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UK launching three-year study of concussion in jockeys

Jockey Julien R. Leparoux was thrown from Here Comes Frazier during the Bourbon Stakes at Keeneland in 2011.
Jockey Julien R. Leparoux was thrown from Here Comes Frazier during the Bourbon Stakes at Keeneland in 2011.

In August, the University of Kentucky and the Jockeys’ Guild will kick off a three-year pilot study at the state’s Thoroughbred tracks designed to develop the first comprehensive concussion management protocol for jockeys.

Supported by major industry stakeholders, including the racetracks, owners groups and trainers groups, the study will conduct a baseline concussion assessment to test cognitive function for comparison to results after a fall.

Participating Kentucky racetracks include Turfway Park, Keeneland, Churchill Downs, Ellis Park and Kentucky Downs.

The study will be overseen by Carl Mattacola, director of the Graduate Athletic Training Program in the UK College of Health Sciences. The three-year cost of $82,000 will be covered by national and state stakeholders, including the Jockeys’ Guild.

“We want to give the jockeys who suffer head injuries the best science has to offer, and an important first step toward that goal is to generate data from which an appropriate management protocol can be developed,” said Mattacola in a news release. “This project will leverage the full resources and knowledge base of UK’s Sports Medicine Research Institute and the Spinal Cord and Brain Injury Research Center to help create the first national protocol for concussion management in jockeys.”

Mattacola last year presented a report to the Jockey Club Welfare and Safety Summit showing that 8.6 percent of falls by jockeys in races from 2012 to 2015 resulted in concussions, according to the Jockey Injury Database. But that doesn’t gauge the severity of the injuries.

The pre- and post-race testing will measure the severity of the injury and help determine when jockeys can be cleared to return to riding safely.

A doctoral student who is a licensed athletic trainer will conduct the testing, beginning with the meet at Turfway in August. If a jockey comes off a horse and shows signs or symptoms of a concussion, he or she will be required to undergo cognitive testing, Mattacola said. And they will not be able to return to riding until they are cleared.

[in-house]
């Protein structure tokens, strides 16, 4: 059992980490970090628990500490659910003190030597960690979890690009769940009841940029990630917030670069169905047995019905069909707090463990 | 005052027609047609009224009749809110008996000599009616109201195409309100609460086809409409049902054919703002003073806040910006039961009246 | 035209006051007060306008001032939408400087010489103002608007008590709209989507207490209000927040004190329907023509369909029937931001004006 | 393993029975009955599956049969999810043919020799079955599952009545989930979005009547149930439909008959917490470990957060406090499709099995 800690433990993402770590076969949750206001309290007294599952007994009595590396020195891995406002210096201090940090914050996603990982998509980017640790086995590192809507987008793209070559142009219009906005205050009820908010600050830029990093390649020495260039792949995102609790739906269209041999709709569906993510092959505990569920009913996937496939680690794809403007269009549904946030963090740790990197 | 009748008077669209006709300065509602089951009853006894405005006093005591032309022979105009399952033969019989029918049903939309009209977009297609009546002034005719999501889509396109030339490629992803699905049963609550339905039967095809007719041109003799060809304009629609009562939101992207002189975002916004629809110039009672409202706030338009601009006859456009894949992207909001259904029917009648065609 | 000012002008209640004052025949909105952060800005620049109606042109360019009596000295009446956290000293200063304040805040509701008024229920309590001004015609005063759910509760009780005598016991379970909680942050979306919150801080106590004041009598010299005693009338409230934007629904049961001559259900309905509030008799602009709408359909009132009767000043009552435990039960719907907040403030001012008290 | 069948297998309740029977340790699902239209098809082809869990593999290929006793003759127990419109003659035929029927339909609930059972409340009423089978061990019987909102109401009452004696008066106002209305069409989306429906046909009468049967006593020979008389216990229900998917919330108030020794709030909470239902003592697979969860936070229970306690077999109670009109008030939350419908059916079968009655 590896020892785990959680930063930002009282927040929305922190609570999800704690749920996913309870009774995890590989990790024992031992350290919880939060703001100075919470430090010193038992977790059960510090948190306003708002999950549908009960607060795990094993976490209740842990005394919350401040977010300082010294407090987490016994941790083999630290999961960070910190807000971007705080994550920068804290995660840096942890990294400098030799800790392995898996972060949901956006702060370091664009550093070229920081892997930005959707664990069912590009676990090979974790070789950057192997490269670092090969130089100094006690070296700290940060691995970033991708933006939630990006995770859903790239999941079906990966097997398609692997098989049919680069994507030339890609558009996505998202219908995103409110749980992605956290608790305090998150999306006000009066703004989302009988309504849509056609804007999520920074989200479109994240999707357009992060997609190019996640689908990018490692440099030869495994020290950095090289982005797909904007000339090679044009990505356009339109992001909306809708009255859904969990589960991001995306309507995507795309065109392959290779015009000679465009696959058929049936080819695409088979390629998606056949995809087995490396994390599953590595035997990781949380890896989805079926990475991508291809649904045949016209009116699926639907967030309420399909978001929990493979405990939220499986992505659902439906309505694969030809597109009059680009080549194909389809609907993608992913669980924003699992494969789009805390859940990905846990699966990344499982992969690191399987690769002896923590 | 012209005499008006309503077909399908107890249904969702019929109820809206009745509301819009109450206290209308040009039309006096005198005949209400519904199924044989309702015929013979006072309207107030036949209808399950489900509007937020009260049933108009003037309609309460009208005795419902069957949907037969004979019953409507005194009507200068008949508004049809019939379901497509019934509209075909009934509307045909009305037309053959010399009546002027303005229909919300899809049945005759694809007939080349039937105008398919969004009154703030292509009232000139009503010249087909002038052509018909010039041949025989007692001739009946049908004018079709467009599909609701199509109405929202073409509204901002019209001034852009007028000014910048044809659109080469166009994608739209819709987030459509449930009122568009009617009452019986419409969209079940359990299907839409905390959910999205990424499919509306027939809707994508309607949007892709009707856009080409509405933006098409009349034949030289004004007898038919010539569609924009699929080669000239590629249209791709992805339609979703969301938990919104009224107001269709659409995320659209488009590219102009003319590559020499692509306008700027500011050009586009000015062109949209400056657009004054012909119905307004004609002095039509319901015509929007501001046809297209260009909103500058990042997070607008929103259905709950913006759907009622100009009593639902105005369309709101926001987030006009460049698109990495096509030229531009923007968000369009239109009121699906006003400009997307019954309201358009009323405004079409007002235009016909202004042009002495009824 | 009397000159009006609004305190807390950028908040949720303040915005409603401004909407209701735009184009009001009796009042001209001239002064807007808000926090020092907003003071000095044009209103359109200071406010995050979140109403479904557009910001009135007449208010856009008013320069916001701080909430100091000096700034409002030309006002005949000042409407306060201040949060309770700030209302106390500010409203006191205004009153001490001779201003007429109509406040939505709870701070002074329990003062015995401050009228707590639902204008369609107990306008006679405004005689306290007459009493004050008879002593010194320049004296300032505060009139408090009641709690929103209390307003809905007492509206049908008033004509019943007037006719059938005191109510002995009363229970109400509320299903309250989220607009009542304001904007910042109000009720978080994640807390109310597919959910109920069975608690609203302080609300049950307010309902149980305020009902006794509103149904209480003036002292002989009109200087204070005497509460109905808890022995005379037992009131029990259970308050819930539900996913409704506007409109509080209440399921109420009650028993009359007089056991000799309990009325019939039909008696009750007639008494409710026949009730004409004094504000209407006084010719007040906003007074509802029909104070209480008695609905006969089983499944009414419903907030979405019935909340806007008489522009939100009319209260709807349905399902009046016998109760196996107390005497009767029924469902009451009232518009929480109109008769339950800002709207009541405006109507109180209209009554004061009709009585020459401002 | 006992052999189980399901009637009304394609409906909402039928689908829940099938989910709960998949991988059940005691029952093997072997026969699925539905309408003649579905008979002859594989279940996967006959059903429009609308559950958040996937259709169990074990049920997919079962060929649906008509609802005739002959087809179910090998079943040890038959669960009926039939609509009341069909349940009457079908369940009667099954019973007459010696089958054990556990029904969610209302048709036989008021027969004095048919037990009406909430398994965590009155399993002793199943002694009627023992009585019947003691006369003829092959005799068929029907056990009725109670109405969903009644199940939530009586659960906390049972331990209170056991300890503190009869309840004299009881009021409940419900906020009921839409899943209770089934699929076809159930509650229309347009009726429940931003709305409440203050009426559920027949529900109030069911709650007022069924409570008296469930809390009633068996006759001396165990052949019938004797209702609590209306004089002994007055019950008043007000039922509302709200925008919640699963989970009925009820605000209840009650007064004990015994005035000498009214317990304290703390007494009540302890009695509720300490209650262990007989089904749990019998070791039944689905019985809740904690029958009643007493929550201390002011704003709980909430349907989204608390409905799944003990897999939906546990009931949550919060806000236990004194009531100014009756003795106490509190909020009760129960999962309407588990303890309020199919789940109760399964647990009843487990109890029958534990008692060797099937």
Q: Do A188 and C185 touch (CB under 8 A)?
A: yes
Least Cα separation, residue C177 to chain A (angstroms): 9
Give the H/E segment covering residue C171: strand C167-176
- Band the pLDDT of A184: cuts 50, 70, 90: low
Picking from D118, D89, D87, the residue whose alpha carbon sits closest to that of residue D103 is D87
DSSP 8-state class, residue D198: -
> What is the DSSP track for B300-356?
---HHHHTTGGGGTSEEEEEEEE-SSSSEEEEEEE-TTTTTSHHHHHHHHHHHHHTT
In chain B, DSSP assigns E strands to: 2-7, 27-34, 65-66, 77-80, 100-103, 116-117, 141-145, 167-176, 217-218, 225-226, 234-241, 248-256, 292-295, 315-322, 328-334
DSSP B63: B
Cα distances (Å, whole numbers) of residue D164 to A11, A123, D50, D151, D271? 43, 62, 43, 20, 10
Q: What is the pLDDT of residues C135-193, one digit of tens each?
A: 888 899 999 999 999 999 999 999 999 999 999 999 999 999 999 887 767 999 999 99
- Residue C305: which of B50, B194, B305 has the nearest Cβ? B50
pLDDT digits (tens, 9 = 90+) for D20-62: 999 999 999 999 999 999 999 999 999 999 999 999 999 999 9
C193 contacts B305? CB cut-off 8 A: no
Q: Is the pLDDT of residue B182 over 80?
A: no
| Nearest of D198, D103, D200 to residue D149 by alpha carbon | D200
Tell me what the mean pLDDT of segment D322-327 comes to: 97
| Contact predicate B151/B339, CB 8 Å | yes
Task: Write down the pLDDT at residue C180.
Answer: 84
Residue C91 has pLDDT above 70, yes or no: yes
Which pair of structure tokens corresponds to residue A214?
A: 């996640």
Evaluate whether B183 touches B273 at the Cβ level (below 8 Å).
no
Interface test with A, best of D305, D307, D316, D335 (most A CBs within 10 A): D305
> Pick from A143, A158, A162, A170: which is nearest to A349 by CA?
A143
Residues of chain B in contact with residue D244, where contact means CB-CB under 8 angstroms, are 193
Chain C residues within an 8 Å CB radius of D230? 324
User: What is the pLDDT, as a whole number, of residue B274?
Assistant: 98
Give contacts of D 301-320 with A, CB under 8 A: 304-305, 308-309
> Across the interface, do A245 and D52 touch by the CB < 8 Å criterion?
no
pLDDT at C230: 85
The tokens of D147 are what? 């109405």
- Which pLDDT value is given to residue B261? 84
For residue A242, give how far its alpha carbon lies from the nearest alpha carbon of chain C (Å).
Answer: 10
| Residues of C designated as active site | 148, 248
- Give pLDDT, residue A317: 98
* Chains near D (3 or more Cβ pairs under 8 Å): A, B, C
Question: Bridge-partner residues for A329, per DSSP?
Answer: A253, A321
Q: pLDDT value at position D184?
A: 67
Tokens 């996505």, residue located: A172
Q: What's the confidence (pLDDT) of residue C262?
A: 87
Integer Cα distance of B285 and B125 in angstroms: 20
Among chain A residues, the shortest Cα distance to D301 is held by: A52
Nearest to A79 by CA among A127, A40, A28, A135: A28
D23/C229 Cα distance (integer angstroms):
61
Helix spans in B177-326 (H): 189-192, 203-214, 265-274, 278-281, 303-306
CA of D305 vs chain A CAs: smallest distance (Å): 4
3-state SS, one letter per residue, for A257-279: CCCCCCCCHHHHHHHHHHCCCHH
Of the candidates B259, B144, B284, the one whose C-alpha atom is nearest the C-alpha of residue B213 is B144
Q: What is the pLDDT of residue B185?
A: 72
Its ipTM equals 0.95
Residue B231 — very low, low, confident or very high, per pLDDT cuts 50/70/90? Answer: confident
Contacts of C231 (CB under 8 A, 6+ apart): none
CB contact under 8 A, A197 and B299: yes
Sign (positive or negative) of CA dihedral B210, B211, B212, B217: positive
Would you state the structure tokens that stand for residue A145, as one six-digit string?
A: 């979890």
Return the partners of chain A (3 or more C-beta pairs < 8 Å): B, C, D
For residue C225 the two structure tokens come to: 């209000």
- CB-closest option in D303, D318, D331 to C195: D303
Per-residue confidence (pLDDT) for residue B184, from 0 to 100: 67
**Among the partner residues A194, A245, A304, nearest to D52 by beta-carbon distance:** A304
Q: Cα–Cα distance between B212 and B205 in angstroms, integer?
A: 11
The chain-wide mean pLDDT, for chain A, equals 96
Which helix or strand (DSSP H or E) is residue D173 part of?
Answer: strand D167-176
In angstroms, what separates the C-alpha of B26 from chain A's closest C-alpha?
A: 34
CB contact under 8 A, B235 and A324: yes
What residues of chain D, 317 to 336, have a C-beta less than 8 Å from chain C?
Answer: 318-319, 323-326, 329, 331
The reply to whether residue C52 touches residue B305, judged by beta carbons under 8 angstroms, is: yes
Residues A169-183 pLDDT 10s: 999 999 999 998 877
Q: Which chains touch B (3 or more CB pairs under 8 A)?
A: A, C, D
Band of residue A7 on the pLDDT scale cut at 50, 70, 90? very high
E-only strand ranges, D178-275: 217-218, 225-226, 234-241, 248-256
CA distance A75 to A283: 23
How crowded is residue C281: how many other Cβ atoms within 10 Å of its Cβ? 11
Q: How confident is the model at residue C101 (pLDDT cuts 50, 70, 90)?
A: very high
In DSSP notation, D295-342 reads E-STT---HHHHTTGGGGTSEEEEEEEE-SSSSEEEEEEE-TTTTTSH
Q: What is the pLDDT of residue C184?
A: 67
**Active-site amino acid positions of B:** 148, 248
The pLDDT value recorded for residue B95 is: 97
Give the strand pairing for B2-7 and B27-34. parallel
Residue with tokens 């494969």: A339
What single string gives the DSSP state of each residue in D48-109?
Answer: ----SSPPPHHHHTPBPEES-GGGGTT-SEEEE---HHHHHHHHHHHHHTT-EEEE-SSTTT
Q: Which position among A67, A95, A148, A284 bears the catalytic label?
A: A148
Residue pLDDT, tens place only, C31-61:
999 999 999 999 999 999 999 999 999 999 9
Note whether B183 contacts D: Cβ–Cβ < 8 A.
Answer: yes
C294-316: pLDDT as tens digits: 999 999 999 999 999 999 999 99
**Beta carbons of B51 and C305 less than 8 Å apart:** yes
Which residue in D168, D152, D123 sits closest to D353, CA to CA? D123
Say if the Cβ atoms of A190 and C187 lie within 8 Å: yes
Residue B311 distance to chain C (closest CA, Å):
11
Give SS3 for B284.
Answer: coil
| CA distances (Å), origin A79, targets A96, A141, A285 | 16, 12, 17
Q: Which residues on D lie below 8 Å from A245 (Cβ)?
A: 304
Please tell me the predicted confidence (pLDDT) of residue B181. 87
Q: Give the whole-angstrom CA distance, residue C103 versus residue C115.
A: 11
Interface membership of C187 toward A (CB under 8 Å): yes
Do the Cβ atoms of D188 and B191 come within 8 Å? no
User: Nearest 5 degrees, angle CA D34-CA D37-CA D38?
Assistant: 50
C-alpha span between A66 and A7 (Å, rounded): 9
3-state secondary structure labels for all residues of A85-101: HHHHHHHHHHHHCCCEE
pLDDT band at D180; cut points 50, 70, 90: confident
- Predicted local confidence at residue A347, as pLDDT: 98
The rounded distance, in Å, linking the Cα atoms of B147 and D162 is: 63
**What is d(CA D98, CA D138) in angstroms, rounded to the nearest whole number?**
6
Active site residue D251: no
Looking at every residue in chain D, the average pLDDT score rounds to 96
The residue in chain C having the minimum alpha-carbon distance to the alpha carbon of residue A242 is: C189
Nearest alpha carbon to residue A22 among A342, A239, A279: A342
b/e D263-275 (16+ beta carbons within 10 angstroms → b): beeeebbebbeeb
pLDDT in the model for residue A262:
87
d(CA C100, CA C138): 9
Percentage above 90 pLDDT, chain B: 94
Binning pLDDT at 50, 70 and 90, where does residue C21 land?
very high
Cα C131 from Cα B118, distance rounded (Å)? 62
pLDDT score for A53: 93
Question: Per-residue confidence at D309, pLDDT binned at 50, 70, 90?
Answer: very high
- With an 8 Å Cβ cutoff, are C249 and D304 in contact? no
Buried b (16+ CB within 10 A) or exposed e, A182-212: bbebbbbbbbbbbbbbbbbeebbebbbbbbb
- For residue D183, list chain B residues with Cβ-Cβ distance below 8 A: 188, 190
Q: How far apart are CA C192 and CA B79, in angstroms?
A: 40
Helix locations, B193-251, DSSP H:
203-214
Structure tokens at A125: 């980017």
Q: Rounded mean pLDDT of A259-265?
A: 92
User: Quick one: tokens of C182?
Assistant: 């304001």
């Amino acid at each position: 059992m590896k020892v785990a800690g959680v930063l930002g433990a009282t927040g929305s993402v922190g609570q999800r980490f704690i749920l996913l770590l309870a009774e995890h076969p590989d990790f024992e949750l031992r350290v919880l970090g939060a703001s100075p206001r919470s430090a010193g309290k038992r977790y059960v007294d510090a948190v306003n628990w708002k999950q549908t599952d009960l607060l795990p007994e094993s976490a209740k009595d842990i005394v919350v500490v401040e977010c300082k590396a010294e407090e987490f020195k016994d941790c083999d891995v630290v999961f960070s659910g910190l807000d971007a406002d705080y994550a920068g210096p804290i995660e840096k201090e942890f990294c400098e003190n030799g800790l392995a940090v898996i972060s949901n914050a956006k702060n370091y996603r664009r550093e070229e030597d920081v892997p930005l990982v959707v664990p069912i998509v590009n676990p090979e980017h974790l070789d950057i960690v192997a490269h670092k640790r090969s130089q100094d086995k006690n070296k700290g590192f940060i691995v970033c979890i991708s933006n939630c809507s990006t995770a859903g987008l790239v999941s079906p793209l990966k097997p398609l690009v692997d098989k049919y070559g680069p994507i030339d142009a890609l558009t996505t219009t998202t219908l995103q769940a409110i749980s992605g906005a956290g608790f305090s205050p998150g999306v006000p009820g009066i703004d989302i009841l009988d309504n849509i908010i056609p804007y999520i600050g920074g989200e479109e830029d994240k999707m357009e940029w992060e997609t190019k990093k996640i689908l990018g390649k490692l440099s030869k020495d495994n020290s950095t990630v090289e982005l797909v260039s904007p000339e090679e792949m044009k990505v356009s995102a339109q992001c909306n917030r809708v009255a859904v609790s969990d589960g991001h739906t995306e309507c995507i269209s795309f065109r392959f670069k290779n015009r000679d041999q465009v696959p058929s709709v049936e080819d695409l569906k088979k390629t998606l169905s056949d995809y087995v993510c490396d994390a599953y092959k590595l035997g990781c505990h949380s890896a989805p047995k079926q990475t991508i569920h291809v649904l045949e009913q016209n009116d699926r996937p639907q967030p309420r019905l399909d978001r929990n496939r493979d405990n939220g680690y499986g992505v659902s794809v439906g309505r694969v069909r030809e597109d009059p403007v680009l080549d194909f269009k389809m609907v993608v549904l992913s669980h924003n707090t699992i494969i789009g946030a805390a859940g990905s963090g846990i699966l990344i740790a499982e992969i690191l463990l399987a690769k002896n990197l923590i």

The average time for a concussion to resolve is 3-7 days, Mattacola said. That could mean riders would be out of work, with very little financial safety net in Kentucky where they are not eligible for workers’ compensation, for at least a week.

But Mattacola said the jockeys seemed surprisingly OK with that circumstance.

“I presented this protocol and some of the data at the Jockeys’ Guild annual meeting in January and we had this discussion,” Mattacola said. “We were very careful to say this could mean someone could disqualify you from riding. I expected more push back … but they were supportive of putting their health and well-being first.”

The move for a concussion protocol for jockeys comes after other major sports including the British Horseracing Authority, Irish Turf Club, international show jumping, and the NFL, NBA, MLS, MLB, NCAA and NASCAR have moved to address the threat from head injuries that at one time seemed relatively minor.

“High school and middle school athletes have better concussion management than tracks do,” Mattacola said.

The goal of the study is to determine the efficiency of managing care, and how it could become a standard, to be incorporated at tracks throughout the country.

Terry Meyocks, national manager of the Jockeys’ Guild, said he welcomes racing finally getting involved in researching head injury.

“Our industry is 10 years behind everything,” he said. “Last year we finally started testing safety equipment, helmets and vests.”

Safety improvements over the years, including mandating vests and helmets, has resulted in fewer fatalities but more concussions, Meyocks said.

Jockeys have ridden in races they don’t remember afterward, presenting a possible danger to other riders and horses, he said. And he pointed to the case of jockey Gwen Jocson, a retired rider who has been diagnosed with brain injuries related to repeated head trauma.

“It’s not anybody’s best interest that this goes undiagnosed,” Meyocks said.

Asked which sport is more dangerous, football or racing, Mattacola said: “I think it’s different levels of potential contact. Repetitive contact, like in football, has potential for long-term damage,” he said. “But racing can be more catastrophic or severe.”

The next Jockey Club Welfare and Safety Summit will be June 28 at Keeneland.

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